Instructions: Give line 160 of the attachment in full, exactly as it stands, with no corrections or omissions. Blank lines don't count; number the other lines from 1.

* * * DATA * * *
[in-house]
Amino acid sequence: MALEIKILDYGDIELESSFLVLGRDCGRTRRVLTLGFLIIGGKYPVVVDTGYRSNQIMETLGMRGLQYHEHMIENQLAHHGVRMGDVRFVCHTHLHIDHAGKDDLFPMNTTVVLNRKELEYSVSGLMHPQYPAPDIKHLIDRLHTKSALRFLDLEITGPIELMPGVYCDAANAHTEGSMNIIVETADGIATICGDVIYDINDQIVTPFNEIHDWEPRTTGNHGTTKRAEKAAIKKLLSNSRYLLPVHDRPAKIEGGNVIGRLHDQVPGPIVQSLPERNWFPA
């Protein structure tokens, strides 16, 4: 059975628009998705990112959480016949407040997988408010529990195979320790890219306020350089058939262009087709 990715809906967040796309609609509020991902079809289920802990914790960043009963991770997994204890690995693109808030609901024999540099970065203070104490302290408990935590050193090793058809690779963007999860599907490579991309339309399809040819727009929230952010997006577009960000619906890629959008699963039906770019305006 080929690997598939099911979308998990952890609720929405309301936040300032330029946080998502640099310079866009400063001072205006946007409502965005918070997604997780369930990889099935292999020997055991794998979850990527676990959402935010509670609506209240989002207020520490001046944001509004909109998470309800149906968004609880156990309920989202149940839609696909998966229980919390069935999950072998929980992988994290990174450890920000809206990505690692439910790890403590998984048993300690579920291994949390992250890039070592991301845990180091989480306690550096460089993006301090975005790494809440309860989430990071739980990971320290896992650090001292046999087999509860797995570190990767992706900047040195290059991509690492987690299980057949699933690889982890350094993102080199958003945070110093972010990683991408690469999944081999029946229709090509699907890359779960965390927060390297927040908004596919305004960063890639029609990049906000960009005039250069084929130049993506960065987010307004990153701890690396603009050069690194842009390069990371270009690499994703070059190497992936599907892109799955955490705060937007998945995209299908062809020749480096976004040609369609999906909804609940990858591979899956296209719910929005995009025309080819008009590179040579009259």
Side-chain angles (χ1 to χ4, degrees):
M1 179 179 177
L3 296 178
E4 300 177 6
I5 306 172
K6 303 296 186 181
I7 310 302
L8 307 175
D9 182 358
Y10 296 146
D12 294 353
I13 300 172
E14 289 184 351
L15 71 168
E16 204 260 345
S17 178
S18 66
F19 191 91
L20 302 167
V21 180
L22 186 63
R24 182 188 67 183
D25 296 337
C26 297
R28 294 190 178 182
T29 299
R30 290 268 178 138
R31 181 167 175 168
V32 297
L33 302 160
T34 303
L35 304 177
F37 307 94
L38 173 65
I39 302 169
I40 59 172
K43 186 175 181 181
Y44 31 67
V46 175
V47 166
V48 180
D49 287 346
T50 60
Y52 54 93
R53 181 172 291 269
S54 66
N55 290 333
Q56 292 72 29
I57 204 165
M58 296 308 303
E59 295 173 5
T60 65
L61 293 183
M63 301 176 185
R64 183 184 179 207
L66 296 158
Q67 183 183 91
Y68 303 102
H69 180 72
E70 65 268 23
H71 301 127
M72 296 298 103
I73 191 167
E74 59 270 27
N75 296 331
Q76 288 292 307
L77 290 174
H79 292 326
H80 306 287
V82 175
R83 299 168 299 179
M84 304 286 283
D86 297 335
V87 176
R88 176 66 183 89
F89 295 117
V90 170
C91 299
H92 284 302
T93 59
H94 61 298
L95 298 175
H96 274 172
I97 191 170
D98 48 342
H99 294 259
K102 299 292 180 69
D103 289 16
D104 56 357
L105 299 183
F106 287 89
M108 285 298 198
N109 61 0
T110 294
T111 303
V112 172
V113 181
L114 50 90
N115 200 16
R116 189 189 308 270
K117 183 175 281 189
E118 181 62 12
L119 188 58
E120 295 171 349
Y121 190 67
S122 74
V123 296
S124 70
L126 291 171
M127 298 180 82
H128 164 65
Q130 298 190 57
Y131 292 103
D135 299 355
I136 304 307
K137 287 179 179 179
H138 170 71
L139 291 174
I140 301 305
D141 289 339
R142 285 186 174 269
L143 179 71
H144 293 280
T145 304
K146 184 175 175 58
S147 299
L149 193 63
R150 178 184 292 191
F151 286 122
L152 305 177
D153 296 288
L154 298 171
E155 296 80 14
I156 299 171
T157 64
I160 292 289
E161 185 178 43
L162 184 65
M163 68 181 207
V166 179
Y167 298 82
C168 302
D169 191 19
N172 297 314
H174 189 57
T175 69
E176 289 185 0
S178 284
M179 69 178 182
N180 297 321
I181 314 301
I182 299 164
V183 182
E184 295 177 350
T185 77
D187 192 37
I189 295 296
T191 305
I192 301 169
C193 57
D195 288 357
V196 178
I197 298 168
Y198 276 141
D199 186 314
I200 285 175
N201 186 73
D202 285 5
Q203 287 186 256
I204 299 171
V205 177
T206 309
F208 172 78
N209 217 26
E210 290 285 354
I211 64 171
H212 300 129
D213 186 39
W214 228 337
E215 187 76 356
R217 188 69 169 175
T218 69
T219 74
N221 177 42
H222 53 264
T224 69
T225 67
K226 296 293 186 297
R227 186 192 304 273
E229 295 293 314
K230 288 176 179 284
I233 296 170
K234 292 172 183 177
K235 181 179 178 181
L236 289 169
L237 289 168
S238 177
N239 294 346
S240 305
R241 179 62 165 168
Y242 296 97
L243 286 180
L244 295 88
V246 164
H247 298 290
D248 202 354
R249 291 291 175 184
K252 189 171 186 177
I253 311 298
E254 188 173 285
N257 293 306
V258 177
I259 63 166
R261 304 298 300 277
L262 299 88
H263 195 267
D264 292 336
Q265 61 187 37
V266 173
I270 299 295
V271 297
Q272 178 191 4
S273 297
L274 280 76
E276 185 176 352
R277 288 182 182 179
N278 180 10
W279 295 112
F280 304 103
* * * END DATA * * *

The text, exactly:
I189 295 296